How Part D Plans' Preference for Higher Cost Hepatitis C Drugs Affects Medicare Beneficiaries
In 2019, Medicare Part D spent approximately $2.5 billion for hepatitis C drugs to treat 50,000 beneficiaries with the disease. Three drugs—Harvoni, Epclusa, and Mavyret—accounted for 93 percent of expenditures, with annual Medicare costs ranging from $28,000 to $77,000 per beneficiary. A portion of these totals was shared by Medicare beneficiaries who faced thousands of dollars in out-of-pocket costs for hepatitis C drugs under Part D. In early 2019, Gilead—the manufacturer of Harvoni and Epclusa—launched authorized generic versions of both drugs with the expressed goal of reducing patients' outofpocket costs. The retail price of authorized generic versions is $24,000, which is significantly less than the prices of Harvoni and Epclusa, and even less than Mavyret. These lower list prices should in turn lead to lower out-of-pocket costs, as authorized generics are as effective as branded versions but sell for only a fraction of the cost. However, a preliminary analysis indicates that Medicare utilization has not shifted from brandname versions of Harvoni and Epclusa to their significantly cheaper, authorized generic versions or to Mavyret. This study will examine the utilization of hepatitis C drugs under Part D and the financial impact on Medicare Part D and beneficiaries.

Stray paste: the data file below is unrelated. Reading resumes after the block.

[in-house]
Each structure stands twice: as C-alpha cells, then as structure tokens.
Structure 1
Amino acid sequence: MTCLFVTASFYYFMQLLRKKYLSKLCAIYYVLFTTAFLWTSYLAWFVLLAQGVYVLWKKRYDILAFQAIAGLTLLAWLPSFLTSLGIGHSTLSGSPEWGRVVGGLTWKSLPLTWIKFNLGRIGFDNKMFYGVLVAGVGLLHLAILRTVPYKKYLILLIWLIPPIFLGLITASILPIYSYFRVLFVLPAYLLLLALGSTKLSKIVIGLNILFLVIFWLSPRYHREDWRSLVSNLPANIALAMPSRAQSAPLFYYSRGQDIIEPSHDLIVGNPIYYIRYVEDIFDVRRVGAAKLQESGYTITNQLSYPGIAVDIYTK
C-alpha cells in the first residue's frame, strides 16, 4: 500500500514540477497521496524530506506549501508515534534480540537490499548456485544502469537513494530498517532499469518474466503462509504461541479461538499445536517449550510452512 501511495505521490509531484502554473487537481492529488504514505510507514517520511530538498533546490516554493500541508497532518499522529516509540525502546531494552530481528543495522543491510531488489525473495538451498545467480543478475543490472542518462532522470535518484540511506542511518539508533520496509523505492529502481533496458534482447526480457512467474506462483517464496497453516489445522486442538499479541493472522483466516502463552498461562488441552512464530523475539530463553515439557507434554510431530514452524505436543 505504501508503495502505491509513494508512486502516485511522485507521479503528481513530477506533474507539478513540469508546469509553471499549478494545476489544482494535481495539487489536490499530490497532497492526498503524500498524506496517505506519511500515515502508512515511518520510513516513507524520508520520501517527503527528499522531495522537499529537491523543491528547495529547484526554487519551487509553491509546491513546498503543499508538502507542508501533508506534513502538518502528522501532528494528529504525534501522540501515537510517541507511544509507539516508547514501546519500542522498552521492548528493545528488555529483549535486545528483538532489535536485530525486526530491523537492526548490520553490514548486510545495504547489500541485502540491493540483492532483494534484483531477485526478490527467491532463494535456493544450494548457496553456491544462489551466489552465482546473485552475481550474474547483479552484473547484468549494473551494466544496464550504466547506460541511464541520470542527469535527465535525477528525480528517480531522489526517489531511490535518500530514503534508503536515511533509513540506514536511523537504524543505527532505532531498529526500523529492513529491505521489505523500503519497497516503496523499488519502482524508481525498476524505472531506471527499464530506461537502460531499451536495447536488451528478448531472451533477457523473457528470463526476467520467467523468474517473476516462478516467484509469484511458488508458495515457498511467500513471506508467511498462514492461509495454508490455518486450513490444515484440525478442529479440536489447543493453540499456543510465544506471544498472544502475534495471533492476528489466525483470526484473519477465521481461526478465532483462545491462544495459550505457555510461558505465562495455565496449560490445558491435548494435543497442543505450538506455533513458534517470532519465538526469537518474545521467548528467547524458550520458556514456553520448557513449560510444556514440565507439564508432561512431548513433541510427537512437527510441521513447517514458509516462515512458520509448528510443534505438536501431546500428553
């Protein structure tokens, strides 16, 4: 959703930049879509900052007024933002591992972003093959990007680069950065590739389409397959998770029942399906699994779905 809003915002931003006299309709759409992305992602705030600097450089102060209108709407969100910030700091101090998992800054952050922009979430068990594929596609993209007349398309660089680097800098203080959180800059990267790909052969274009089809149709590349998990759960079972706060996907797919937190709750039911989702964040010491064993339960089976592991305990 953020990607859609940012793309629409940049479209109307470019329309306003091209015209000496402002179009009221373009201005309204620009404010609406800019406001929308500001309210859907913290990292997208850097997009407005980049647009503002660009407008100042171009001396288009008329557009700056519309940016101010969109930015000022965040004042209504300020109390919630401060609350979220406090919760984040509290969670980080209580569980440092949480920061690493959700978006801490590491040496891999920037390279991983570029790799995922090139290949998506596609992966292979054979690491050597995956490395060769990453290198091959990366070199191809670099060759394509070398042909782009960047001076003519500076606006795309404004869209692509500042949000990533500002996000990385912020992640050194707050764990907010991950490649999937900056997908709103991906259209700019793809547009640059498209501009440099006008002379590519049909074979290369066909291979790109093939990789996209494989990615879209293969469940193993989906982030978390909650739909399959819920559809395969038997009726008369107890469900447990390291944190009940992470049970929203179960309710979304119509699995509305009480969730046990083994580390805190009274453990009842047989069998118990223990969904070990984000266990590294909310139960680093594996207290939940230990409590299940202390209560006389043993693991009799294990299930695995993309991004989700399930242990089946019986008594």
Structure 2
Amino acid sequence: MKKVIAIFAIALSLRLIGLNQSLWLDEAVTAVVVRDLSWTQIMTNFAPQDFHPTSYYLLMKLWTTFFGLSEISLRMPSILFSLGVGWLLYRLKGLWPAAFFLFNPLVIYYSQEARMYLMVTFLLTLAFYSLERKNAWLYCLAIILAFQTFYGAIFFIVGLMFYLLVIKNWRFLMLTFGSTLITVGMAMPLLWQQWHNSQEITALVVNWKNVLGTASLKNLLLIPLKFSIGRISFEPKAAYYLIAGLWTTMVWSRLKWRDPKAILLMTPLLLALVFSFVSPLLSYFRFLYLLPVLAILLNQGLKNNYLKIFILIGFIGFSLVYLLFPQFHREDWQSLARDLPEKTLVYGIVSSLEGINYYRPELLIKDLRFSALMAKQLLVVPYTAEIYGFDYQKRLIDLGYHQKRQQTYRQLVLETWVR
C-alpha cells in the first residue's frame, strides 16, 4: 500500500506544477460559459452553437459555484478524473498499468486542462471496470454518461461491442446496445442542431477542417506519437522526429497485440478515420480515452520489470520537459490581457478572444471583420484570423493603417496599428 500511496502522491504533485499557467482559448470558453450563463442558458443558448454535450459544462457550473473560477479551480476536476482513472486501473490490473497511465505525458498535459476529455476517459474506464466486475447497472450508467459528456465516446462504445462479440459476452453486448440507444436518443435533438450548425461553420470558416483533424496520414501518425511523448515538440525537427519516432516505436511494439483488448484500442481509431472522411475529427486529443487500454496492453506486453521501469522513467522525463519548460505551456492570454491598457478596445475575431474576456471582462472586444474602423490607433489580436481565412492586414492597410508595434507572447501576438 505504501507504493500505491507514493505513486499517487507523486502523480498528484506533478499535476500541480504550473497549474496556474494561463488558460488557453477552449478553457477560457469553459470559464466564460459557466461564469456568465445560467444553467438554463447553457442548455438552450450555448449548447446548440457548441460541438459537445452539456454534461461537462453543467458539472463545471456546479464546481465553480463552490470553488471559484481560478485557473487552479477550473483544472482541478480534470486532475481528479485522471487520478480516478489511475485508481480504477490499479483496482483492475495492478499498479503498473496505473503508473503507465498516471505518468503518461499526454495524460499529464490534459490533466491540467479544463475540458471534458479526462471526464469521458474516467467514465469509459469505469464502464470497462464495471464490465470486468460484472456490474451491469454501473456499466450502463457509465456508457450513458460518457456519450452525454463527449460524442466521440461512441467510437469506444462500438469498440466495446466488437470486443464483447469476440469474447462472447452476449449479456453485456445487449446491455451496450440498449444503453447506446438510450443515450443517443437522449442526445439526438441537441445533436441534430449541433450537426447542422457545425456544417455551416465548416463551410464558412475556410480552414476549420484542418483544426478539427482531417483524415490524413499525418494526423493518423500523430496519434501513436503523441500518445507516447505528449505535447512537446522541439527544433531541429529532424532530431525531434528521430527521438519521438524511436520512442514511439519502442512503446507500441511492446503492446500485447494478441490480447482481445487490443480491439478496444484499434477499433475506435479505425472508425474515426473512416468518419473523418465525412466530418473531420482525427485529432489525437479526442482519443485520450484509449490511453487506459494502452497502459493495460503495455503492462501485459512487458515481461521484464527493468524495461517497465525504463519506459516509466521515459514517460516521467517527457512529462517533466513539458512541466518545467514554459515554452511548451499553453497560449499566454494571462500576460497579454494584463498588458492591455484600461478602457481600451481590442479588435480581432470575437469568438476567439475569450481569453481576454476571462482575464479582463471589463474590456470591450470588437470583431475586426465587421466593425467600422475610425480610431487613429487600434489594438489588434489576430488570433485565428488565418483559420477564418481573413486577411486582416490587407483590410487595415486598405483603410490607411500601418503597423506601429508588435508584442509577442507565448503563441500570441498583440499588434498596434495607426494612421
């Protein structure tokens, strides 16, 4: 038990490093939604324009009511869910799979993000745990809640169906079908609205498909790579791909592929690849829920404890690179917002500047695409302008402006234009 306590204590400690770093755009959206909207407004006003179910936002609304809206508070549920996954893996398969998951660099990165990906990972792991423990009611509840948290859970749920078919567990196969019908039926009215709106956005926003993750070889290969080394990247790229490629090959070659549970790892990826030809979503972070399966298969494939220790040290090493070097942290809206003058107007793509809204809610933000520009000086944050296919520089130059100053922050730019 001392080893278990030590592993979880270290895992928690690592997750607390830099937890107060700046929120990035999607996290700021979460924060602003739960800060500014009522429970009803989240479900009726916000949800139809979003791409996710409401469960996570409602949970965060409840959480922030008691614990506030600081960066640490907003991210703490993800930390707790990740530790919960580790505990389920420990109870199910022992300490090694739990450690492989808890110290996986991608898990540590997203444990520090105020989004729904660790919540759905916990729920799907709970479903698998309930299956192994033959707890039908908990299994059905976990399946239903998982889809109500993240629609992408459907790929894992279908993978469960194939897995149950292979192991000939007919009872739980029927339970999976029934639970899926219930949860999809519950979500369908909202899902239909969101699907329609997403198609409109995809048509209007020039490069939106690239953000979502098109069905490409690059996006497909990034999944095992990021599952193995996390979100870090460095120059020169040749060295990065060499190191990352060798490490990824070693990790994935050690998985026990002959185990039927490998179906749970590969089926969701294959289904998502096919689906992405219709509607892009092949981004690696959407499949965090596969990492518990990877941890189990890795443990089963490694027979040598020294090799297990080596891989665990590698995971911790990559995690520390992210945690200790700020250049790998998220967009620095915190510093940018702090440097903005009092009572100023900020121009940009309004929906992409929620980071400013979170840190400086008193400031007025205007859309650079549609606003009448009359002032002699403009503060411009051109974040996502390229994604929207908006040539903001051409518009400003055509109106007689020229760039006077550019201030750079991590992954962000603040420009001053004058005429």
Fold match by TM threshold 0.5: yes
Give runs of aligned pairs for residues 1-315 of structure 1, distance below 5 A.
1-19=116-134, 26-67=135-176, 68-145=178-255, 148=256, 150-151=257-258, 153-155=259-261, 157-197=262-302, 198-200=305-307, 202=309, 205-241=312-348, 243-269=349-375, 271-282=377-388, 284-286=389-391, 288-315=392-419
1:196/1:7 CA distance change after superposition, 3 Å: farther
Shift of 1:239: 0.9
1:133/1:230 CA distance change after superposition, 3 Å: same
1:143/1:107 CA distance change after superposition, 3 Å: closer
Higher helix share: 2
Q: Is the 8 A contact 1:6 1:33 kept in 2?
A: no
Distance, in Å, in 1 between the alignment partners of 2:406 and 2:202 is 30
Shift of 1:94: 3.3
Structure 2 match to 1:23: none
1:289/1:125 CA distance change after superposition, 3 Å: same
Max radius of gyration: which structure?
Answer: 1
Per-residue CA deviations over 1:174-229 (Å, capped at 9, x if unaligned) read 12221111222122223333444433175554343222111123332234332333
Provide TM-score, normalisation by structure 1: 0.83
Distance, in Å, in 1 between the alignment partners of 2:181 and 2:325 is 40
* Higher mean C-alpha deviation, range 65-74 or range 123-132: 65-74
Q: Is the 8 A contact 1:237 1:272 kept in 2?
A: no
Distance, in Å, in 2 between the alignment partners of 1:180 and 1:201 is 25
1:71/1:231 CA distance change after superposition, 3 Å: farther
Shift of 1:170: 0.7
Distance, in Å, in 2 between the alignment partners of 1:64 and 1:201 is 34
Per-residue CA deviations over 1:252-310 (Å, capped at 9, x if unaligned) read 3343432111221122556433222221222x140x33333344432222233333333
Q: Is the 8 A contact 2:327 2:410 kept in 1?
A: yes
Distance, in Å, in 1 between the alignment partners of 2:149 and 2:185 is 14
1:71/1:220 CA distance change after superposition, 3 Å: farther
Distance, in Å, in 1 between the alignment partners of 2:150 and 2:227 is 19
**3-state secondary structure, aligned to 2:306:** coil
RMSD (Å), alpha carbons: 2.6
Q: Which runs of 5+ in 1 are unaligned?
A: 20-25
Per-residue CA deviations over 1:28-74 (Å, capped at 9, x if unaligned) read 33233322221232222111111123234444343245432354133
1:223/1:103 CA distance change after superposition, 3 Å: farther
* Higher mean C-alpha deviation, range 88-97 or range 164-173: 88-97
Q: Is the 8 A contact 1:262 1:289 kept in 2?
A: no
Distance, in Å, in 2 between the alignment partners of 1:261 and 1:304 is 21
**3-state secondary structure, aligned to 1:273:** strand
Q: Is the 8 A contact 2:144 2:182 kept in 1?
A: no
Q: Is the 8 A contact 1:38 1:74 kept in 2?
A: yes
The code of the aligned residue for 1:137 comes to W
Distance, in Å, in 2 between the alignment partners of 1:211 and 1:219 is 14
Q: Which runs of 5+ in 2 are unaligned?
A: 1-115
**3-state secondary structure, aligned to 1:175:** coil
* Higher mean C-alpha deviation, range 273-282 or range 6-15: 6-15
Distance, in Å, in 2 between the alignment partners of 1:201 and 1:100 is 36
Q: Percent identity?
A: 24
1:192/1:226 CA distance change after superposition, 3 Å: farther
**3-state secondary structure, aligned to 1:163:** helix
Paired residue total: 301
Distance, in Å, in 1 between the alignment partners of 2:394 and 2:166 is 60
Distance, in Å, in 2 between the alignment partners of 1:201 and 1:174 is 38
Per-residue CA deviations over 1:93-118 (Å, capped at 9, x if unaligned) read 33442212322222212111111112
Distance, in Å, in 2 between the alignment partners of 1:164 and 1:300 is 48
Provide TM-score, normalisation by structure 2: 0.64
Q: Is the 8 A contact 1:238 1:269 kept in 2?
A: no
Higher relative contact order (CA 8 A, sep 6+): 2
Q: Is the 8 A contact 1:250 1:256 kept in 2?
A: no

|Announced or Revised||Agency||Title||Component||Report Number(s)||Expected Issue Date (FY)|
|April 2021||Centers for Medicare & Medicaid Services||How Part D Plans' Preference for Higher Cost Hepatitis C Drugs Affects Medicare Beneficiaries||Office of Evaluation and Inspections||OEI-BL-21-00200||2022|